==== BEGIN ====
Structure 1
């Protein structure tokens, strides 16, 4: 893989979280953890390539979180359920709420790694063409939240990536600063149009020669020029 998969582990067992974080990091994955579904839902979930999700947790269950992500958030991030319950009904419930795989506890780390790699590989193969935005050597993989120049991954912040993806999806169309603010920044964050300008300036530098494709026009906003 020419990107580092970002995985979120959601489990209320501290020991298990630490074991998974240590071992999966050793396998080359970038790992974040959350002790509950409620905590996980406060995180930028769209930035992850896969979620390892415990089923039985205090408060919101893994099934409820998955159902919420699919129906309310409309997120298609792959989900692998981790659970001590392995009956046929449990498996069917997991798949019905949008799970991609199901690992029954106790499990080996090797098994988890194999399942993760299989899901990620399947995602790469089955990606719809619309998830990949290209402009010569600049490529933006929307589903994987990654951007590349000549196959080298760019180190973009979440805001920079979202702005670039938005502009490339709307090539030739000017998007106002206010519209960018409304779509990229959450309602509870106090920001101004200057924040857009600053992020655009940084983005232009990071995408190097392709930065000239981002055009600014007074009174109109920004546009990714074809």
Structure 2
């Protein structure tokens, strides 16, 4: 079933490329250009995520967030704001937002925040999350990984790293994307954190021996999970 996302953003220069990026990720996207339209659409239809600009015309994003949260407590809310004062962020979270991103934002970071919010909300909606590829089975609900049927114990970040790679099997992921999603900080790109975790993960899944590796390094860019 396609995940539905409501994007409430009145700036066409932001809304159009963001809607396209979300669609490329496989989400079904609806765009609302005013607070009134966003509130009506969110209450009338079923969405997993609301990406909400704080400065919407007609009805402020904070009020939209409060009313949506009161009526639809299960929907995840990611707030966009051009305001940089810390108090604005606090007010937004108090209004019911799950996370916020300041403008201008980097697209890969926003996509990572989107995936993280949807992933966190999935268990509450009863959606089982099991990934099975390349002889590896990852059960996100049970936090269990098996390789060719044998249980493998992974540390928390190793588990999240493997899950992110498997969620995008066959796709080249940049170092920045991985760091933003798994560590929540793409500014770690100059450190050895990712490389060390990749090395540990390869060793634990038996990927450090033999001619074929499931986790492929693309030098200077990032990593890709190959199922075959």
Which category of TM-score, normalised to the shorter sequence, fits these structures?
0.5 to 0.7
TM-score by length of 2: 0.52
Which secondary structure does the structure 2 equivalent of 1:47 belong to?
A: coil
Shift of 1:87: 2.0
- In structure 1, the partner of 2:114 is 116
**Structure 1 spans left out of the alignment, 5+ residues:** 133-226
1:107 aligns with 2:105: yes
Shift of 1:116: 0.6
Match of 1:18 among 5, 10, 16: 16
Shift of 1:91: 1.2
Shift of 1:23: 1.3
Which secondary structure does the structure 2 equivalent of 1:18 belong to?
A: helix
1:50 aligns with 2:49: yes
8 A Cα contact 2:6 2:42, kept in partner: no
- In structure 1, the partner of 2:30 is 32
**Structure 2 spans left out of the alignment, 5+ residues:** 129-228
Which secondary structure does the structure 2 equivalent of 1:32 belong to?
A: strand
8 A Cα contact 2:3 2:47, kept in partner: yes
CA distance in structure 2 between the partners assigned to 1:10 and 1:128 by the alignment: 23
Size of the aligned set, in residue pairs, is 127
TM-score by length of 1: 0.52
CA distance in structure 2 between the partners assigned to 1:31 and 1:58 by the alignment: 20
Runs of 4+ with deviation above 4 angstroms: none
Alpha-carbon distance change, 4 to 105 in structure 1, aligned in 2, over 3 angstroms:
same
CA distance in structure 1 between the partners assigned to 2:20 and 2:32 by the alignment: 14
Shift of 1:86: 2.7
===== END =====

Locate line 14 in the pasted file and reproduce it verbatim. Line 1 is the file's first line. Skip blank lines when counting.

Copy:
Shift of 1:116: 0.6